Taenia Solium Cysticercosis (Pork Tapeworm)

Taeniasis is an intestinal infection with adult tapeworms. Pork tapeworm infection is caused by the worm taenia solium. Infected pigs have the larvae (cysticerci) in their meat. Humans acquire the infection by eating raw or undercooked pork, the larvae are released and mature into adult tapeworms in the intestines. The adult tapeworm infection is not life threatening and is most often noticed when parts of the worm emerge from the anus.

However; if one ingests the eggs or one of the segments of the adult tapeworm that contain the eggs (through contaminated hands, food or water), these hatch in the intestine and the larvae called ‘cysticerci’ migrate to different organs causing potentially life threatening infection. This illness is called ‘cysticercosis.

Where does it occur?

It occurs worldwide. However areas of highest prevalence are Central and South America, Central Asia and Eastern Europe.

How is it transmitted?

It is transmitted by the ingestion of raw or undercooked pork containing the cyst of the tapeworm. The cyst develops into an adult tapeworm in the human intestine.

Cysticercosis occurs when the eggs of adult tapeworm are directly ingested from contaminated food, water or fecally soiled hands.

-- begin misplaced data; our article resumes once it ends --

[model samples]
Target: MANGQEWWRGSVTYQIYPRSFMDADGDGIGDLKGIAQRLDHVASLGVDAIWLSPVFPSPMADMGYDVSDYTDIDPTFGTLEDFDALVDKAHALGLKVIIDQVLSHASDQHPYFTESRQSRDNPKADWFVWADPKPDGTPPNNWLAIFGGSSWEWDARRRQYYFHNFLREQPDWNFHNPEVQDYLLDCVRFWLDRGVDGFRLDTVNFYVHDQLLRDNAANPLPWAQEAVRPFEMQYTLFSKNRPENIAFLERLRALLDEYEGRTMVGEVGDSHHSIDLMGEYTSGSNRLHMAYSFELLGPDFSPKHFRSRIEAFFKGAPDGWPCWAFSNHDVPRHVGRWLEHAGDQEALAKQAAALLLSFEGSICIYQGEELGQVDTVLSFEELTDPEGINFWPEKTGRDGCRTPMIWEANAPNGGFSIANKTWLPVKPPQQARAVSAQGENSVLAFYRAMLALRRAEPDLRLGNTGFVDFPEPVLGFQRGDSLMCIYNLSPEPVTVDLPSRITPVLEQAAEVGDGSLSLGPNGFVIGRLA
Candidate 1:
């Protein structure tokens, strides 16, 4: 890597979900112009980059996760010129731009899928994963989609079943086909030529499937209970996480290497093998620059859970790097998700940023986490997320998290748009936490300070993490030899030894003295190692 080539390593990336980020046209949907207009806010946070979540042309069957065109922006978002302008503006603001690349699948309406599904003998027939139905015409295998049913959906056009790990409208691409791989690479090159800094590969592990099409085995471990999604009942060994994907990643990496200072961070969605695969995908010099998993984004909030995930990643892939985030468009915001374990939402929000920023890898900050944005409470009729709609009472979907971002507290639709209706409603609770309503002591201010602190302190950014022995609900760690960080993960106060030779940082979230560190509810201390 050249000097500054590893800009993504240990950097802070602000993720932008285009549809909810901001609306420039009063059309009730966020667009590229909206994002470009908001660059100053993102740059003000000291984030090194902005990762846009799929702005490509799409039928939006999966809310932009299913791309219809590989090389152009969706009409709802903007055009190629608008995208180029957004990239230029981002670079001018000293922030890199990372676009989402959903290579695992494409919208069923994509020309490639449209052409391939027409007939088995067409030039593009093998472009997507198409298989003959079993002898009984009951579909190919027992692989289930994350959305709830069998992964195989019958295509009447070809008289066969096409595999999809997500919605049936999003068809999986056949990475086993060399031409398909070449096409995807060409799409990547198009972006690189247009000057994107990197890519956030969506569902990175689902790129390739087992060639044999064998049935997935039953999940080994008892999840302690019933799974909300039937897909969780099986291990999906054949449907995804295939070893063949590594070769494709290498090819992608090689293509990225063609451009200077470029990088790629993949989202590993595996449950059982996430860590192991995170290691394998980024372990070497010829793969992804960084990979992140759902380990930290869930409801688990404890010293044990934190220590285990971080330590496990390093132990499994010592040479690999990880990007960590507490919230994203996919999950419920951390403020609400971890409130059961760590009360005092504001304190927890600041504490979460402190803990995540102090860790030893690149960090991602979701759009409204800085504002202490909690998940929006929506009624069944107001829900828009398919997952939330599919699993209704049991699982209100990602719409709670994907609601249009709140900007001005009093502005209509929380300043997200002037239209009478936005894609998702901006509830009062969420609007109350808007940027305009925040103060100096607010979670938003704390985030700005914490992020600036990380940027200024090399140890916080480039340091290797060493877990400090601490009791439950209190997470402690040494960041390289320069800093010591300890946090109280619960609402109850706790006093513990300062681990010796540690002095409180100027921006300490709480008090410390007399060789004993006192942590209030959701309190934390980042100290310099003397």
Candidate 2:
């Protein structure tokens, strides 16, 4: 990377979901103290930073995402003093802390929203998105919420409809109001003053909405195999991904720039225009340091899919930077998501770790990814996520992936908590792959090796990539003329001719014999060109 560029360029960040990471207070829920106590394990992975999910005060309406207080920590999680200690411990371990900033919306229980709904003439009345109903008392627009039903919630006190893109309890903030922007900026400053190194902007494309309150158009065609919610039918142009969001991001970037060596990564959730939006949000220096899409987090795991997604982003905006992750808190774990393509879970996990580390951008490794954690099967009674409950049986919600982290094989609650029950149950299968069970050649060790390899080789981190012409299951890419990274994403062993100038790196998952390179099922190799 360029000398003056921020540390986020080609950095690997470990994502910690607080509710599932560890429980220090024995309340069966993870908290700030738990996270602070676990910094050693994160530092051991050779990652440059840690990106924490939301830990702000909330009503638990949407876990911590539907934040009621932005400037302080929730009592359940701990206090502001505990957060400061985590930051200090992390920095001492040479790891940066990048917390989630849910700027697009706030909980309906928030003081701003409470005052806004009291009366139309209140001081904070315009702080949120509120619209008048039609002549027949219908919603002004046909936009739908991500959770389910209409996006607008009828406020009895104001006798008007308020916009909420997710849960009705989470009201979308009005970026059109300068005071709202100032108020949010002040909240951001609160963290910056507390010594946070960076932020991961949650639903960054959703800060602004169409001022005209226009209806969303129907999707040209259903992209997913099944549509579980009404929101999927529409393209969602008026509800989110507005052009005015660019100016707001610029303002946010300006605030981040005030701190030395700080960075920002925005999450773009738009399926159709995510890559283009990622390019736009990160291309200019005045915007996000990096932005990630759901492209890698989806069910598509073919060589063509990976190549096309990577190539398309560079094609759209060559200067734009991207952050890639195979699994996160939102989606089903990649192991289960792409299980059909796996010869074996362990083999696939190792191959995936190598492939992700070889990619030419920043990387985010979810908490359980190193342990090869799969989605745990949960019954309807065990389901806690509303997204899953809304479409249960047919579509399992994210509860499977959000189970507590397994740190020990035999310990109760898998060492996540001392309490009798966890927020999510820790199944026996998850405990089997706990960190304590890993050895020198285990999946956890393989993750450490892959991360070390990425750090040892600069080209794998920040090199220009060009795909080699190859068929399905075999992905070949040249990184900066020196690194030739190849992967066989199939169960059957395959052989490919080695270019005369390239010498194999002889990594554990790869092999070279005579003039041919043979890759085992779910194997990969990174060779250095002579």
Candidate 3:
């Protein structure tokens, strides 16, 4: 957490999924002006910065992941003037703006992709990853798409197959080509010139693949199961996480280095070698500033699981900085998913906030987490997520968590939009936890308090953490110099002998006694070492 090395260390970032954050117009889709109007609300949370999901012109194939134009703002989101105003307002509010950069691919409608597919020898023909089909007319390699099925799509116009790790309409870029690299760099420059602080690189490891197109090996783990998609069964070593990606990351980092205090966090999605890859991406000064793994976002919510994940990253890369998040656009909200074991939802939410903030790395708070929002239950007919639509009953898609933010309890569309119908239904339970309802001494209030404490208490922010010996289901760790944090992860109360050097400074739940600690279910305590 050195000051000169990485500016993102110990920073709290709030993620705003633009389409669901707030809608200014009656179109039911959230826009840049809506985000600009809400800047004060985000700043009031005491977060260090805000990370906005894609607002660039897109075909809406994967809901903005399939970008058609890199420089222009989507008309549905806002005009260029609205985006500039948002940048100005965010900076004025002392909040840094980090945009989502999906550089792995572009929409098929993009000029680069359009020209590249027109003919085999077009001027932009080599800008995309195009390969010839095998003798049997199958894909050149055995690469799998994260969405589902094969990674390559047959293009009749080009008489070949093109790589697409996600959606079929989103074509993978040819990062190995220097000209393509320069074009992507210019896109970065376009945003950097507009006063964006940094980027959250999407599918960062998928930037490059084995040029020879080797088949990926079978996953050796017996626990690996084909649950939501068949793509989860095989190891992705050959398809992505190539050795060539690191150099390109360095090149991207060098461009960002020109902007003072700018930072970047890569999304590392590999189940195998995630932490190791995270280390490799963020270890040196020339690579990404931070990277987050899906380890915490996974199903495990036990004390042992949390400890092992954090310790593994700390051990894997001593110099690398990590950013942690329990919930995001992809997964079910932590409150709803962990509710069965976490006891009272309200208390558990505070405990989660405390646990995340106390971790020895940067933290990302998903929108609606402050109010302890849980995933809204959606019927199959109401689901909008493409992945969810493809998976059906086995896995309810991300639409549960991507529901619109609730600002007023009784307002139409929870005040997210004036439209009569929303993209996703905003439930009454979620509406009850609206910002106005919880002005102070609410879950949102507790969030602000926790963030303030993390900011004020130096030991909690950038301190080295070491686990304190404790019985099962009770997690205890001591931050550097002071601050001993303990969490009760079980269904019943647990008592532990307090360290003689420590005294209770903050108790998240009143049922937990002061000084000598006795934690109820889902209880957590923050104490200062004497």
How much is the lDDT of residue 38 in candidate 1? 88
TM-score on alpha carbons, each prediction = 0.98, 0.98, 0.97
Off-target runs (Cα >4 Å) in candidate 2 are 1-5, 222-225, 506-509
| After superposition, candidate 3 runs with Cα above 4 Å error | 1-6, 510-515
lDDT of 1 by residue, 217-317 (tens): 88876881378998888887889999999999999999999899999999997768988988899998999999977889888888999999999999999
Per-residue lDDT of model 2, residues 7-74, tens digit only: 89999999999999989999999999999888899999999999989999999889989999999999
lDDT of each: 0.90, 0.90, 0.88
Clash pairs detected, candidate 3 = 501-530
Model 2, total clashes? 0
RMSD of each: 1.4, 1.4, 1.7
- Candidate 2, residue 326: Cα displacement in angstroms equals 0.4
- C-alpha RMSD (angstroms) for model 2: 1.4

Is it contagious from person to person?

Cysticercosis can be contagious from person to person if you ingest fecal material of an infected individual through soiled hands. Infected individuals can spread the infection to others through unsanitary food handling.

What is the risk for travelers?

The risk is generally low if one avoids raw or undercooked pork or if one makes sure that all food are properly washed and cooked.

How soon after exposure will one develop symptoms?

Symptoms develop anywhere from 2-3 months after exposure.

What are the signs and symptoms?

Most people experience no symptoms, except for finding parts of the tapeworm pass from the anus. Abdominal cramps or loss of appetite may be seen in some.

However in cases of cysticercosis, the larvae migrate into skin and muscles causing small rice size lumps, or more seriously localize in the eye, central nervous system or the heart resulting in visual changes, seizures, weakness, headaches or heart block.

Are there any lab tests to diagnose the illness?

The segments of the adult tapeworm that have migrated out of the anus, called ‘proglottids’, can be visualized in stool or on clothing.

Cysticercosis of the skin and muscles is diagnosed by characteristic skin lesions and x-rays showing calcified rice size scars. Neurocysticercosis is diagnosed by typical lesions on CAT or MRI scans of the brain and specific blood antibody tests.

Is there any treatment?

Medications like Praziquantel and Albendazole are effective. Sometimes prednisone needs to be given simultaneously in cases of eye, brain or heart involvement to decrease the risk of scarring.

What preventive measures can be taken?

Avoid eating raw or undercooked pork dishes and make sure all produce is washed thoroughly and/ or cooked fully. Practice strict hand hygiene.

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